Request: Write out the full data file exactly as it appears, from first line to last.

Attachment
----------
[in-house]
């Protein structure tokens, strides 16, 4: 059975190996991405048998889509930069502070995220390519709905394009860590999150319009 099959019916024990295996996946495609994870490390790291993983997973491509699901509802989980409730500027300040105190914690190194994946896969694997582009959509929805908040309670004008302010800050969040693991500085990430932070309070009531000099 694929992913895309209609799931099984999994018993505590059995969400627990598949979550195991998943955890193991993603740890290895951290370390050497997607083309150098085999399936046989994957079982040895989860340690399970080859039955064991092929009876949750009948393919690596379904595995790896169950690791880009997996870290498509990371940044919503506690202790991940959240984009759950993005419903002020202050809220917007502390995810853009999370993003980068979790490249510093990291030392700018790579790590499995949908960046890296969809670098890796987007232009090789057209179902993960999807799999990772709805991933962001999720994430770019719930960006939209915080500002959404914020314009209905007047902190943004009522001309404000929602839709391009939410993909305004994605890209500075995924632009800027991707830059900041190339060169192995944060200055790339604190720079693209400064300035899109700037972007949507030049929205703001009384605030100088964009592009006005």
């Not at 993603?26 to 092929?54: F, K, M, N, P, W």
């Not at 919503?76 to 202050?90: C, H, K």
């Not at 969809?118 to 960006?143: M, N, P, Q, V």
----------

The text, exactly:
[in-house]
């Protein structure tokens, strides 16, 4: 059975190996991405048998889509930069502070995220390519709905394009860590999150319009 099959019916024990295996996946495609994870490390790291993983997973491509699901509802989980409730500027300040105190914690190194994946896969694997582009959509929805908040309670004008302010800050969040693991500085990430932070309070009531000099 694929992913895309209609799931099984999994018993505590059995969400627990598949979550195991998943955890193991993603740890290895951290370390050497997607083309150098085999399936046989994957079982040895989860340690399970080859039955064991092929009876949750009948393919690596379904595995790896169950690791880009997996870290498509990371940044919503506690202790991940959240984009759950993005419903002020202050809220917007502390995810853009999370993003980068979790490249510093990291030392700018790579790590499995949908960046890296969809670098890796987007232009090789057209179902993960999807799999990772709805991933962001999720994430770019719930960006939209915080500002959404914020314009209905007047902190943004009522001309404000929602839709391009939410993909305004994605890209500075995924632009800027991707830059900041190339060169192995944060200055790339604190720079693209400064300035899109700037972007949507030049929205703001009384605030100088964009592009006005």
């Not at 993603?26 to 092929?54: F, K, M, N, P, W």
């Not at 919503?76 to 202050?90: C, H, K």
């Not at 969809?118 to 960006?143: M, N, P, Q, V």